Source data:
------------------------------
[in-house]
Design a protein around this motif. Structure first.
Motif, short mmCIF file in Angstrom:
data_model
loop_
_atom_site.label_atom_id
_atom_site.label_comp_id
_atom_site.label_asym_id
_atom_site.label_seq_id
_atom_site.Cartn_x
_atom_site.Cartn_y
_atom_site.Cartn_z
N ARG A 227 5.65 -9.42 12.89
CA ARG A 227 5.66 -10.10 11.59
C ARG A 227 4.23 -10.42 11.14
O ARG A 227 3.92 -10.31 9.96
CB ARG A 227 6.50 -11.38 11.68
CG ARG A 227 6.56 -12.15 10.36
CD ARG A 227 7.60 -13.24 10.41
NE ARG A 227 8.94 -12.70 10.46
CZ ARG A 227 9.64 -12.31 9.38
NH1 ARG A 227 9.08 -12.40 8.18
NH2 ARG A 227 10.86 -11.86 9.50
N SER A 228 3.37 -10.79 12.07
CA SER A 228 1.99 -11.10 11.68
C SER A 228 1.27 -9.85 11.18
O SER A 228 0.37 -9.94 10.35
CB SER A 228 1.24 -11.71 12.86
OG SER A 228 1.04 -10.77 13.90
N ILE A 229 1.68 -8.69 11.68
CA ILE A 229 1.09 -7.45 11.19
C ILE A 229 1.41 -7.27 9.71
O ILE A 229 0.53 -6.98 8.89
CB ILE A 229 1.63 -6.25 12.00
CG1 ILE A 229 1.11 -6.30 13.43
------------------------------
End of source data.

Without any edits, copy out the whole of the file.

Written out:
[in-house]
Design a protein around this motif. Structure first.
Motif, short mmCIF file in Angstrom:
data_model
loop_
_atom_site.label_atom_id
_atom_site.label_comp_id
_atom_site.label_asym_id
_atom_site.label_seq_id
_atom_site.Cartn_x
_atom_site.Cartn_y
_atom_site.Cartn_z
N ARG A 227 5.65 -9.42 12.89
CA ARG A 227 5.66 -10.10 11.59
C ARG A 227 4.23 -10.42 11.14
O ARG A 227 3.92 -10.31 9.96
CB ARG A 227 6.50 -11.38 11.68
CG ARG A 227 6.56 -12.15 10.36
CD ARG A 227 7.60 -13.24 10.41
NE ARG A 227 8.94 -12.70 10.46
CZ ARG A 227 9.64 -12.31 9.38
NH1 ARG A 227 9.08 -12.40 8.18
NH2 ARG A 227 10.86 -11.86 9.50
N SER A 228 3.37 -10.79 12.07
CA SER A 228 1.99 -11.10 11.68
C SER A 228 1.27 -9.85 11.18
O SER A 228 0.37 -9.94 10.35
CB SER A 228 1.24 -11.71 12.86
OG SER A 228 1.04 -10.77 13.90
N ILE A 229 1.68 -8.69 11.68
CA ILE A 229 1.09 -7.45 11.19
C ILE A 229 1.41 -7.27 9.71
O ILE A 229 0.53 -6.98 8.89
CB ILE A 229 1.63 -6.25 12.00
CG1 ILE A 229 1.11 -6.30 13.43